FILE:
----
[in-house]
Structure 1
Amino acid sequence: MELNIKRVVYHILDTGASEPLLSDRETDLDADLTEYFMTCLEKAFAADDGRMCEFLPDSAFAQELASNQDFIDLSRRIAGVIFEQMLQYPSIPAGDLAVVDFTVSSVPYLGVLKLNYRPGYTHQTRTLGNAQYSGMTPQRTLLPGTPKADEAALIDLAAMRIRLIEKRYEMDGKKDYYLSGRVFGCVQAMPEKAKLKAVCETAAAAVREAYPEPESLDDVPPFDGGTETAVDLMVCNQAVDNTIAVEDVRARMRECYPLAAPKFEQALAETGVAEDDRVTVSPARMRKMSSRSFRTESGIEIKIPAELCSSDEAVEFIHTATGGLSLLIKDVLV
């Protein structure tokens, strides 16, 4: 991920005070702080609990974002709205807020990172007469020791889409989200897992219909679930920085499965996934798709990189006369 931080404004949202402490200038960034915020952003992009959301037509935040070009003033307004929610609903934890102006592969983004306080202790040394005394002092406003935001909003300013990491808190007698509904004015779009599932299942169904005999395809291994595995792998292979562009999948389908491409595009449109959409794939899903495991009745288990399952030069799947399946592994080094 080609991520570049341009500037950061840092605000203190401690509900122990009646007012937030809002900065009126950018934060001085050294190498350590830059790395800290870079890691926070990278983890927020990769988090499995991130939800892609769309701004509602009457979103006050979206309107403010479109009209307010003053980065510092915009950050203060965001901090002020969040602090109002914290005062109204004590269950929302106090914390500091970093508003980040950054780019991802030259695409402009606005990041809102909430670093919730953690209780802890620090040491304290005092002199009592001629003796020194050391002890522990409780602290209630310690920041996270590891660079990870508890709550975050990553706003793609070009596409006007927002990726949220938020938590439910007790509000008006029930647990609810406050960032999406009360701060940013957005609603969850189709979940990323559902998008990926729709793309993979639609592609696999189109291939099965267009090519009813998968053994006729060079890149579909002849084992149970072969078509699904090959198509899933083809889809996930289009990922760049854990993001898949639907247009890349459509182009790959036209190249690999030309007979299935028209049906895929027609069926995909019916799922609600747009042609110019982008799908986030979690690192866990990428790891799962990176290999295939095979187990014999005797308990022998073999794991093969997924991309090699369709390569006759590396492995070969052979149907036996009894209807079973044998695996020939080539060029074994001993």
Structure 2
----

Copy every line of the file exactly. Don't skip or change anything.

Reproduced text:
[in-house]
Structure 1
Amino acid sequence: MELNIKRVVYHILDTGASEPLLSDRETDLDADLTEYFMTCLEKAFAADDGRMCEFLPDSAFAQELASNQDFIDLSRRIAGVIFEQMLQYPSIPAGDLAVVDFTVSSVPYLGVLKLNYRPGYTHQTRTLGNAQYSGMTPQRTLLPGTPKADEAALIDLAAMRIRLIEKRYEMDGKKDYYLSGRVFGCVQAMPEKAKLKAVCETAAAAVREAYPEPESLDDVPPFDGGTETAVDLMVCNQAVDNTIAVEDVRARMRECYPLAAPKFEQALAETGVAEDDRVTVSPARMRKMSSRSFRTESGIEIKIPAELCSSDEAVEFIHTATGGLSLLIKDVLV
């Protein structure tokens, strides 16, 4: 991920005070702080609990974002709205807020990172007469020791889409989200897992219909679930920085499965996934798709990189006369 931080404004949202402490200038960034915020952003992009959301037509935040070009003033307004929610609903934890102006592969983004306080202790040394005394002092406003935001909003300013990491808190007698509904004015779009599932299942169904005999395809291994595995792998292979562009999948389908491409595009449109959409794939899903495991009745288990399952030069799947399946592994080094 080609991520570049341009500037950061840092605000203190401690509900122990009646007012937030809002900065009126950018934060001085050294190498350590830059790395800290870079890691926070990278983890927020990769988090499995991130939800892609769309701004509602009457979103006050979206309107403010479109009209307010003053980065510092915009950050203060965001901090002020969040602090109002914290005062109204004590269950929302106090914390500091970093508003980040950054780019991802030259695409402009606005990041809102909430670093919730953690209780802890620090040491304290005092002199009592001629003796020194050391002890522990409780602290209630310690920041996270590891660079990870508890709550975050990553706003793609070009596409006007927002990726949220938020938590439910007790509000008006029930647990609810406050960032999406009360701060940013957005609603969850189709979940990323559902998008990926729709793309993979639609592609696999189109291939099965267009090519009813998968053994006729060079890149579909002849084992149970072969078509699904090959198509899933083809889809996930289009990922760049854990993001898949639907247009890349459509182009790959036209190249690999030309007979299935028209049906895929027609069926995909019916799922609600747009042609110019982008799908986030979690690192866990990428790891799962990176290999295939095979187990014999005797308990022998073999794991093969997924991309090699369709390569006759590396492995070969052979149907036996009894209807079973044998695996020939080539060029074994001993």
Structure 2